By JP Madden, Certified Leadership Coach

Working from home is an unfamiliar thing that has become a new reality for many people over the past few weeks. Why is telecommuting such a challenge? You have your same laptop. You’re being asked to do the same work. What’s the issue?

How Our Brains React to Change

Our amygdala, the “reptilian” part of our brain, is hardwired to protect us from strange and unfamiliar things, and working from home is definitely a new and potentially stressful situation. When we feel stressed, our minds go into a “fight or flight” response, flooding our bodies with adrenaline and cortisol to help defend against, or escape from, a perceived danger.

The negative side effect from these hormones is that they stop our cognitive brain function, reducing it by as much as 50%! Our cognitive brain function is the part that allows us to use logical reasoning, i.e., our “thinking brain”, which allows us to think back on past experiences, look ahead to new possibilities, evaluate consequences and plan strategically. In other words, we need our cognitive functions in order to work effectively.

So how do we prevent or reduce these innate, natural responses? How do we “reset” and regain our cognitive function? The answer is to keep as many things “normal” about our work days as possible.

Here are a few tips on how to do just that:

Keep your morning routine.

It starts from the moment you wake up. Get up at the same time you normally would. Shower first thing, or do what- ever you normally do to prepare for the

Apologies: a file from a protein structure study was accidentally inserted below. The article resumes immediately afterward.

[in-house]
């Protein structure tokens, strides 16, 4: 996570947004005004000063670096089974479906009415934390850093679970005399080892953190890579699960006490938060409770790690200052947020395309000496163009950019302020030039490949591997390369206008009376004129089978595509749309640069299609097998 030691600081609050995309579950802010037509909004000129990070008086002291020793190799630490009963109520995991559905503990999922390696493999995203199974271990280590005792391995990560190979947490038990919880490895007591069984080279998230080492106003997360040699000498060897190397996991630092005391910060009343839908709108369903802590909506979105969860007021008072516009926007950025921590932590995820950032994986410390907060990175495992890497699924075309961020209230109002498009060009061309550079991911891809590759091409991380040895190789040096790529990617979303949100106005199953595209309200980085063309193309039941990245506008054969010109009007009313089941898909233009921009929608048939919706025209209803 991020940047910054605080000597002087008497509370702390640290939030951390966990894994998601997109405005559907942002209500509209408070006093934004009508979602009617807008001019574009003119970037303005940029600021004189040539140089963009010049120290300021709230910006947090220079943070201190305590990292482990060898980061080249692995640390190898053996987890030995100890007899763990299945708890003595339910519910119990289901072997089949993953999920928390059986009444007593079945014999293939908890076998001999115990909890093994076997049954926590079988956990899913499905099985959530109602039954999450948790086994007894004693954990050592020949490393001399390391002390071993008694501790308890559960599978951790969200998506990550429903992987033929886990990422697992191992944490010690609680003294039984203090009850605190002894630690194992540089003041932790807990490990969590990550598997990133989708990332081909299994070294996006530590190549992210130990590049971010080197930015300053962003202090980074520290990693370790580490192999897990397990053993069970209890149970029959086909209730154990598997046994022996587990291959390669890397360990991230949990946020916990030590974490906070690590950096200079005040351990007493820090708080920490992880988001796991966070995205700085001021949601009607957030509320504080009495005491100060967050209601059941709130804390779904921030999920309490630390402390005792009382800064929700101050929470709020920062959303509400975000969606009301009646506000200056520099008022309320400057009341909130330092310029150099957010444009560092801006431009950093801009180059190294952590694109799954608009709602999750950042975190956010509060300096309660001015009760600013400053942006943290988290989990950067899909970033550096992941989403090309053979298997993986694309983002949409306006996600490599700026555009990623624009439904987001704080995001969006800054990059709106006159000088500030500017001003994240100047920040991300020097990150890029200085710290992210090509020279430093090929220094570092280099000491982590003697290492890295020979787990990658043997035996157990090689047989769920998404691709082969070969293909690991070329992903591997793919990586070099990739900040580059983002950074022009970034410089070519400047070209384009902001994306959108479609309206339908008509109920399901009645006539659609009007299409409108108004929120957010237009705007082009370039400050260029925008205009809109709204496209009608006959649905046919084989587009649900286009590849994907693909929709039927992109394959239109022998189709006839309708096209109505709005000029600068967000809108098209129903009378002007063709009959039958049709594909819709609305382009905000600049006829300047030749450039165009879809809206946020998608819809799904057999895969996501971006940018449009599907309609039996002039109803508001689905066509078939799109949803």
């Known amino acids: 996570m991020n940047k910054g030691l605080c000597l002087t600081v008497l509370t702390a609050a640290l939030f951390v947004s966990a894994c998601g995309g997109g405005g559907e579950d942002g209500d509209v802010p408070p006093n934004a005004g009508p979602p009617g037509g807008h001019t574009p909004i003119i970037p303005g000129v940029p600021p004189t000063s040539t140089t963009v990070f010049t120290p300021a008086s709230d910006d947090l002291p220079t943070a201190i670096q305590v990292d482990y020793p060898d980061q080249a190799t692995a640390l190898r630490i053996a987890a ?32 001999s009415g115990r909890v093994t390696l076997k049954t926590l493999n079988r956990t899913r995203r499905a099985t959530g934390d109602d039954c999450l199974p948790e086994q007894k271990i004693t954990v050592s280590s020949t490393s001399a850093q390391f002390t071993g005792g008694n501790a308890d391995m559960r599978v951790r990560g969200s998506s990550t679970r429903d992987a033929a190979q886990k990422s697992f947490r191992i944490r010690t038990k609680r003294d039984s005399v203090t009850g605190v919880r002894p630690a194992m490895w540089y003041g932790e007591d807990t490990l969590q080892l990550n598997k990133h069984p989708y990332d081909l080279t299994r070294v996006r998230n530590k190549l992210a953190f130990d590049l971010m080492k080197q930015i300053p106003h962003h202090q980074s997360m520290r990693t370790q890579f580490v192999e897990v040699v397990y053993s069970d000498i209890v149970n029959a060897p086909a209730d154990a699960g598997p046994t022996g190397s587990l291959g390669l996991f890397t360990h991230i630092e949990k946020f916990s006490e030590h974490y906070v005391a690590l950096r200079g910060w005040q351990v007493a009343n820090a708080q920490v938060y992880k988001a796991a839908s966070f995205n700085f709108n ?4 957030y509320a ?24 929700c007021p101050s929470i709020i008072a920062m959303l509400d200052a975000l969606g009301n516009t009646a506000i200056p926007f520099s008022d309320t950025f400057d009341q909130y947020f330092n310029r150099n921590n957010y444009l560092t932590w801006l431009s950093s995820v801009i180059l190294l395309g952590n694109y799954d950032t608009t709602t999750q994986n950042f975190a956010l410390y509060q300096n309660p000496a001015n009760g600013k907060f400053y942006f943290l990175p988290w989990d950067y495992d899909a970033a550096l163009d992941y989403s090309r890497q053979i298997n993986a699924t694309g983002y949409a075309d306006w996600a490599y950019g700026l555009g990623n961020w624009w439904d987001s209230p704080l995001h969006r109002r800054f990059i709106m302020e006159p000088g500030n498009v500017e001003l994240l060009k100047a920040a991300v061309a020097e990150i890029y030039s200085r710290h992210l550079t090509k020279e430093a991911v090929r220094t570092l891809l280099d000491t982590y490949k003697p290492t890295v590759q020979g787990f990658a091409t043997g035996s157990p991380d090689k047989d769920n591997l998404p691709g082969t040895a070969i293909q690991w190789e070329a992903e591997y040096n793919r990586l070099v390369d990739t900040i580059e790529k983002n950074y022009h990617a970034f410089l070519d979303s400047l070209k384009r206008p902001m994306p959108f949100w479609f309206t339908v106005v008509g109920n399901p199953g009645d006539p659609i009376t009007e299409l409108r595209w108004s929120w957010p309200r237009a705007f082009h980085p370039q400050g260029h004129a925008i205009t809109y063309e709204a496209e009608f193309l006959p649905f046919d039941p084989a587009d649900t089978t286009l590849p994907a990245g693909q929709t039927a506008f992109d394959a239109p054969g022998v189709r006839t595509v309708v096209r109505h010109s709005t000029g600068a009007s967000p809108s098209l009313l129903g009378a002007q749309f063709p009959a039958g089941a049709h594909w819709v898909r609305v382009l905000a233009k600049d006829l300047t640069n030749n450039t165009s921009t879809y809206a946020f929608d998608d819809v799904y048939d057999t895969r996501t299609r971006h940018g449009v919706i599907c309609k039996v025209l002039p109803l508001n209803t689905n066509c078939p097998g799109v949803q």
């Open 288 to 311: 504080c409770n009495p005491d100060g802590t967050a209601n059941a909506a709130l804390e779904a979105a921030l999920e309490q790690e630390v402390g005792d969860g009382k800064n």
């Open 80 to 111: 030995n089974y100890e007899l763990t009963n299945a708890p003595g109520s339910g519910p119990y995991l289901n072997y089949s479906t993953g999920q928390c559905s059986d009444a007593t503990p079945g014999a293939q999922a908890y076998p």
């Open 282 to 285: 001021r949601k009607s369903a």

day. Get fully dressed for work. Resist the temptation to wear “daytime” pyjamas. While fun, the unfamiliarity of working in different clothes will decrease your efficiency. That goes for shoes too. Your feet will sense the change if you’re sitting there in your socks.

Use your saved commute time.

Use the 20-30 minutes, or however long your normal commute would take, to set up and tear down your temporary work station. This will allow you that much needed separation from work and home. Apply a discipline to your schedule. Work time is work time. Home time is home time.

Set boundaries.

Boundaries can be difficult to set but are super important to establish, especially if you are not the only one at home. Establish clear signals of when you are in “work mode” and when you are “at home”. For me, it is my laptop. If it is open, I’m working and not to be interrupted. If it is shut, I’m available for my family.

Value your home time.

When you are “at home”, be present and engaged. Remember that your children and your partner deserve your time, and you deserve it too. And, when you allow yourself to be present at home, it gives you permission to be fully engaged when it’s time to work.

Give yourself time to adapt.

It’s going to be hard to separate your work-home environments and to get those structures understood and accepted by all. Be patient with those around you, and be patient with yourself. Forgive the missteps and celebrate the successes.

Whether you’ll be working at home for a few days or a few months, make the most out of your time and be your best self.

Coach JP Madden is a certified leadership coach who works with high-achieving individuals, from sports professionals to business leaders, coaching them to higher achievement by getting them unstuck and on track towards their full potential. For more information, visit